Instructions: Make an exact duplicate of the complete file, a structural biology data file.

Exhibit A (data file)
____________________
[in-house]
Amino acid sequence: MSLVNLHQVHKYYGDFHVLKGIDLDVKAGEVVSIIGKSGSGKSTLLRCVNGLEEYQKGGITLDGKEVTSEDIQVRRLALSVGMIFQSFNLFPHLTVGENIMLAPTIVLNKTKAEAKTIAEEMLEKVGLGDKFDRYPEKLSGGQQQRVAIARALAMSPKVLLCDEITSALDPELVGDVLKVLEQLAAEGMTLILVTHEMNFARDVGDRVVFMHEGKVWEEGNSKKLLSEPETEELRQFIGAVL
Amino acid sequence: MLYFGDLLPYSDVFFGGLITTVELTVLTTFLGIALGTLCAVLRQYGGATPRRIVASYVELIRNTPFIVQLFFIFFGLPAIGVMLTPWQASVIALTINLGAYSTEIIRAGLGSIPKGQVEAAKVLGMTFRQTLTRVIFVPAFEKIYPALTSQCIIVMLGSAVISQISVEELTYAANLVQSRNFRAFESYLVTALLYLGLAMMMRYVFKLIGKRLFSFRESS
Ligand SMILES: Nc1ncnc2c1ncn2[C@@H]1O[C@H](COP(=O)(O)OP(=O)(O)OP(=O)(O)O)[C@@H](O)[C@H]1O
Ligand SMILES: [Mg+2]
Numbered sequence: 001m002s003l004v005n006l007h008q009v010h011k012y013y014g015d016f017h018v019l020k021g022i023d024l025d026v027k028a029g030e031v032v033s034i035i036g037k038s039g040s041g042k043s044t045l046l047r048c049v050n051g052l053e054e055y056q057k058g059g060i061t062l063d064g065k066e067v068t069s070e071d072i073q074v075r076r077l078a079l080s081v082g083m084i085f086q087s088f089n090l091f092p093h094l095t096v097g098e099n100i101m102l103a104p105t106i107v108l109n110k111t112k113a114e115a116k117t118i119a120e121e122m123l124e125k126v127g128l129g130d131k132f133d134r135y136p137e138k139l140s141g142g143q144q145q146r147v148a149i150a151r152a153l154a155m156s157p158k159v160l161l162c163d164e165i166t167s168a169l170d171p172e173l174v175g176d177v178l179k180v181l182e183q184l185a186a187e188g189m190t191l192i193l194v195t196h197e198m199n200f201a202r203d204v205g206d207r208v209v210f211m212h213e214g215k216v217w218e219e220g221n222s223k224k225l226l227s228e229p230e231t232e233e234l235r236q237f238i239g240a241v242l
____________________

[in-house]
Amino acid sequence: MSLVNLHQVHKYYGDFHVLKGIDLDVKAGEVVSIIGKSGSGKSTLLRCVNGLEEYQKGGITLDGKEVTSEDIQVRRLALSVGMIFQSFNLFPHLTVGENIMLAPTIVLNKTKAEAKTIAEEMLEKVGLGDKFDRYPEKLSGGQQQRVAIARALAMSPKVLLCDEITSALDPELVGDVLKVLEQLAAEGMTLILVTHEMNFARDVGDRVVFMHEGKVWEEGNSKKLLSEPETEELRQFIGAVL
Amino acid sequence: MLYFGDLLPYSDVFFGGLITTVELTVLTTFLGIALGTLCAVLRQYGGATPRRIVASYVELIRNTPFIVQLFFIFFGLPAIGVMLTPWQASVIALTINLGAYSTEIIRAGLGSIPKGQVEAAKVLGMTFRQTLTRVIFVPAFEKIYPALTSQCIIVMLGSAVISQISVEELTYAANLVQSRNFRAFESYLVTALLYLGLAMMMRYVFKLIGKRLFSFRESS
Ligand SMILES: Nc1ncnc2c1ncn2[C@@H]1O[C@H](COP(=O)(O)OP(=O)(O)OP(=O)(O)O)[C@@H](O)[C@H]1O
Ligand SMILES: [Mg+2]
Numbered sequence: 001m002s003l004v005n006l007h008q009v010h011k012y013y014g015d016f017h018v019l020k021g022i023d024l025d026v027k028a029g030e031v032v033s034i035i036g037k038s039g040s041g042k043s044t045l046l047r048c049v050n051g052l053e054e055y056q057k058g059g060i061t062l063d064g065k066e067v068t069s070e071d072i073q074v075r076r077l078a079l080s081v082g083m084i085f086q087s088f089n090l091f092p093h094l095t096v097g098e099n100i101m102l103a104p105t106i107v108l109n110k111t112k113a114e115a116k117t118i119a120e121e122m123l124e125k126v127g128l129g130d131k132f133d134r135y136p137e138k139l140s141g142g143q144q145q146r147v148a149i150a151r152a153l154a155m156s157p158k159v160l161l162c163d164e165i166t167s168a169l170d171p172e173l174v175g176d177v178l179k180v181l182e183q184l185a186a187e188g189m190t191l192i193l194v195t196h197e198m199n200f201a202r203d204v205g206d207r208v209v210f211m212h213e214g215k216v217w218e219e220g221n222s223k224k225l226l227s228e229p230e231t232e233e234l235r236q237f238i239g240a241v242l